President Obama Thursday unveiled a model to protect consumer's privacy online and outlined the centerpiece called the "Consumer Privacy Bill of Rights."
In the face of growing online privacy debates, the White House hopes to provide users with more control over their personal information while giving business opportunities to thrive in the evolving digital markets.
The Obama model has three parts in addition to the Privacy Bill of Rights: how the rights will apply in a business context, enforcement by the Federal Trade Commission (FTC), and integration between the United States' effort and those of international partners.
As part of the announcement, the Administration said the Digital Advertising Alliance (DAA) hopes to tap web browser technology that controls online tracking as part of a Do Not Track campaign. The DAA says Google, Yahoo, Microsoft, and AOL will comply when users choose to limit tracking, and the FTC will provide enforcement.
"American consumers can't wait any longer for clear rules of the road that ensure their personal information is safe online," President Obama said.
The announcement was met with mixed reviews. The Center for Digital Democracy said it would join negotiation to develop new consumer online privacy safeguards.
"We recognize that in the absence of federal legislation, the inability of the FTC to issue regulations, and the ever-increasing digital data collection system, some progress must be made to protect consumers," said Jeffrey Chester, executive director of the Center for Digital Democracy (CDD).
But Chester said he is concerned the DAA's work could collide with privacy work at the World Wide Web Consortium (W3C). The W3C's Tracking Protection Working Group has been meeting since September 2011, and holds weekly teleconferences.
The group's charter states it is working to "improve user privacy and user control by defining mechanisms for expressing user preferences around Web tracking and for blocking or allowing Web tracking elements." Microsoft, Mozilla, the FTC, the Electronic Frontier Foundation, the Center for Democracy and Technology, the Internet Engineering Task Force, the European Union Commission and the CDD have all provided in-put.
In addition, the CDD and the Electronic Privacy Information Center both said they were concerned that the Consumer Privacy Bill of Rights only went as far as to outline codes of conduct instead of hard and fast rules.
"We would have preferred the White House to introduce new legislation that clearly protected consumers online," said Chester.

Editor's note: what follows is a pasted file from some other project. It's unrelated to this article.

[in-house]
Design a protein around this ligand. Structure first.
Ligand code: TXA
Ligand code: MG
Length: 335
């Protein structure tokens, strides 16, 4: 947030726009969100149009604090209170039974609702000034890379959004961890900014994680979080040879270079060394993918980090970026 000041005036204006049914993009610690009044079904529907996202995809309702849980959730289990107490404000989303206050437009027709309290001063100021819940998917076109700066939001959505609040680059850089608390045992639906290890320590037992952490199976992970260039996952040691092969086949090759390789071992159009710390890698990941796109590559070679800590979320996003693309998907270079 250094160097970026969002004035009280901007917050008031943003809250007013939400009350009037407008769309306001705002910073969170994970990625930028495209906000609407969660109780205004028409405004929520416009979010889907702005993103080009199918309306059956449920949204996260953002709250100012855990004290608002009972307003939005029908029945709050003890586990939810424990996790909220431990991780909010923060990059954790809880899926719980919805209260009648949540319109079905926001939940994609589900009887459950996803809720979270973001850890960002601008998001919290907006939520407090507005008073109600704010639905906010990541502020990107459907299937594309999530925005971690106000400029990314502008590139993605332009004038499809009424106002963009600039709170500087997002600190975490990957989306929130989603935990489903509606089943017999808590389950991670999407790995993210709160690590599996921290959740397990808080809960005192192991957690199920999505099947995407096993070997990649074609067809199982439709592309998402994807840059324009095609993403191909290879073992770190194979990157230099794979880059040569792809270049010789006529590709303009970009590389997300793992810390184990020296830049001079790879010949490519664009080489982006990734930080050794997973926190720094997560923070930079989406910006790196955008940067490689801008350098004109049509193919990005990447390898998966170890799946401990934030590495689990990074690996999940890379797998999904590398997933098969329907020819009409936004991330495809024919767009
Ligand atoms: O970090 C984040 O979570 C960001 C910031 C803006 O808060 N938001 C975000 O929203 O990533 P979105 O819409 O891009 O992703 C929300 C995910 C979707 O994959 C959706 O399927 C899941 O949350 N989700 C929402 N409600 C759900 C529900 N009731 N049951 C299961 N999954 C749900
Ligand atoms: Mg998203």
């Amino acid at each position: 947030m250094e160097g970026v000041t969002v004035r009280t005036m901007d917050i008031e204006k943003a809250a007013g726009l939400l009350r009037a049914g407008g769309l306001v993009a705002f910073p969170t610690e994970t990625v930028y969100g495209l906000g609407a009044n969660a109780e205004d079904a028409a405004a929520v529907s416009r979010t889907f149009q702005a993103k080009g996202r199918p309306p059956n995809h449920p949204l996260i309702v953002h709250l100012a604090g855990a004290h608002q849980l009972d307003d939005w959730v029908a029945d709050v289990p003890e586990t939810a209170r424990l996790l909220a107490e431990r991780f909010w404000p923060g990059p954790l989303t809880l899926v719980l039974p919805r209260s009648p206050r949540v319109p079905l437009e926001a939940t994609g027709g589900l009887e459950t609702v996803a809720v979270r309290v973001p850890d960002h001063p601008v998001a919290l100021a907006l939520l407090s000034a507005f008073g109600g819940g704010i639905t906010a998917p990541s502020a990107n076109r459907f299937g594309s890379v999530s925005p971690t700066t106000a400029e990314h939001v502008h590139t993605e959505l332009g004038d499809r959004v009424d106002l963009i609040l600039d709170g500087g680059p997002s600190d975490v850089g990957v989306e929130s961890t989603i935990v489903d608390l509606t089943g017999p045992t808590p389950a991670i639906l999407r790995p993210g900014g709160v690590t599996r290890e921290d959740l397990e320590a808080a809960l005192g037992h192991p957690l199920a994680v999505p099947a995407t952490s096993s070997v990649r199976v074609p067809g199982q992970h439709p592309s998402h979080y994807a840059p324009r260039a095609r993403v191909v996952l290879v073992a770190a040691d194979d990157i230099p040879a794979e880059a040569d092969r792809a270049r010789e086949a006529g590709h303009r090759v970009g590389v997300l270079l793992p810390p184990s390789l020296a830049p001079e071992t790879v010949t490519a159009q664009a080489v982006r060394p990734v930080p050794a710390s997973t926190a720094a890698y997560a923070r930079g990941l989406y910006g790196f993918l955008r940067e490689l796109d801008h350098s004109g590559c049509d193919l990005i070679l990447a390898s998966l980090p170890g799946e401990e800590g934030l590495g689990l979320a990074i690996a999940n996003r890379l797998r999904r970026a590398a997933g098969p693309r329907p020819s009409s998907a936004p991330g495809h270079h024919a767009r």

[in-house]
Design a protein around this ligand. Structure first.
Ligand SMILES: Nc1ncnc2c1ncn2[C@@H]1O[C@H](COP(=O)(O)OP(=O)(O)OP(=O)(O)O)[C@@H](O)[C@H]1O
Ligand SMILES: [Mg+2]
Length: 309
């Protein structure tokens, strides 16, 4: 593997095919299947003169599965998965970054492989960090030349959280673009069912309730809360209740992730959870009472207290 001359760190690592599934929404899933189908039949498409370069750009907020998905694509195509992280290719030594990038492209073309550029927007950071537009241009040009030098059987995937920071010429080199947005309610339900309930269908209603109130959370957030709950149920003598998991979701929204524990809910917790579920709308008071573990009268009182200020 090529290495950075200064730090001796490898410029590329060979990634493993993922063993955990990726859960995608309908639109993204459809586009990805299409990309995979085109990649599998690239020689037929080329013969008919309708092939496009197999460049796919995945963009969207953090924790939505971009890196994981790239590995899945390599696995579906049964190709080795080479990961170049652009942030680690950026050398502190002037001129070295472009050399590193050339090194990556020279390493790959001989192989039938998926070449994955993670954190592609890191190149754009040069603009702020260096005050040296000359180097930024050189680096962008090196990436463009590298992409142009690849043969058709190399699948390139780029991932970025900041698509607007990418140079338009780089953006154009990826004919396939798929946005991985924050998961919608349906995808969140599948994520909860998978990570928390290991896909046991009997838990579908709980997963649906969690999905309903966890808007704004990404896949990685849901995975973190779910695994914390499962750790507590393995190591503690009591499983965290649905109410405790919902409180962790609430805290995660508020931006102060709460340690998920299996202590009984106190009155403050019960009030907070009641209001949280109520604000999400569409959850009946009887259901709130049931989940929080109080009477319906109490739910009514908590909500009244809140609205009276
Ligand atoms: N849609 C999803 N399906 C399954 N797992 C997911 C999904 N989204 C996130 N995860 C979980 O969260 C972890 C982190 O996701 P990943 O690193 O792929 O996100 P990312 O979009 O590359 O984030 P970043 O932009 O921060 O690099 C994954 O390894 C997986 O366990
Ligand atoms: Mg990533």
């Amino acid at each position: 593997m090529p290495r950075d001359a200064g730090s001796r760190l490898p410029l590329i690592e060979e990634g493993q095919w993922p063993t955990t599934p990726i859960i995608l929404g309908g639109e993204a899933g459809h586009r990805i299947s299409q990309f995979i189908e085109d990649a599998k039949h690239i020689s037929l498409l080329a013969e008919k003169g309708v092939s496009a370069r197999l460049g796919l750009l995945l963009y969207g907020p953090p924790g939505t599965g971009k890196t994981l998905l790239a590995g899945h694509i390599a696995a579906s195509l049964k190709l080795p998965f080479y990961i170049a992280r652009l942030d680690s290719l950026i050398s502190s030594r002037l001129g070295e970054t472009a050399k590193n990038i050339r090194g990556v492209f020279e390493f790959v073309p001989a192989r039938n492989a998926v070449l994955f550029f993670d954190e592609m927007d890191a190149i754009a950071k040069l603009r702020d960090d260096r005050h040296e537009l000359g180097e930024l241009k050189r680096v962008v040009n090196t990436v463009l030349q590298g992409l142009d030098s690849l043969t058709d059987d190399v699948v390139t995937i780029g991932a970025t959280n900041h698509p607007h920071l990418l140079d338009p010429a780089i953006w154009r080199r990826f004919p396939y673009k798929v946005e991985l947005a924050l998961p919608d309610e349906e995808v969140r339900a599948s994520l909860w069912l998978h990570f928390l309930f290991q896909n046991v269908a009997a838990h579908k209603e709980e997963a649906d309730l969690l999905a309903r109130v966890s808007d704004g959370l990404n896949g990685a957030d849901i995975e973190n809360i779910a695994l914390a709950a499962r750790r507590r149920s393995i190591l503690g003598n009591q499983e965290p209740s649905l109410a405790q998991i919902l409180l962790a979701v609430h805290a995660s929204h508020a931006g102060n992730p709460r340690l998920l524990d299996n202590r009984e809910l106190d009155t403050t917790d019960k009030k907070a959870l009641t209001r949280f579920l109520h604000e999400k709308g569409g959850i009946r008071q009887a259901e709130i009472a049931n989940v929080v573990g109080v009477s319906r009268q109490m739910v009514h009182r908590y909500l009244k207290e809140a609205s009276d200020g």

The Consumer Privacy Bill of Rights is outlined in a report released today entitled: Consumer Data Privacy in a Networked World: A Framework for Protecting Privacy and Promoting Innovation in the Global Digital Economy.
The White House has tapped the Commerce Department to bring together companies, privacy advocates and other stakeholders to develop and implement privacy policies.
The seven tenets of the Bills of Rights are:
- Individual Control: Consumers have a right to exercise control over what personal data organizations collect from them and how they use it.
- Transparency: Consumers have a right to easily understandable information about privacy and security practices.
- Respect for Context: Consumers have a right to expect that organizations will collect, use, and disclose personal data in ways that are consistent with the context in which consumers provide the data.
- Security: Consumers have a right to secure and responsible handling of personal data.
- Access and Accuracy: Consumers have a right to access and correct personal data in usable formats, in a manner that is appropriate to the sensitivity of the data and the risk of adverse consequences to consumers if the data are inaccurate.
- Focused Collection: Consumers have a right to reasonable limits on the personal data that companies collect and retain.
- Accountability: Consumers have a right to have personal data handled by companies with appropriate measures in place to assure they adhere to the Consumer Privacy Bill of Rights.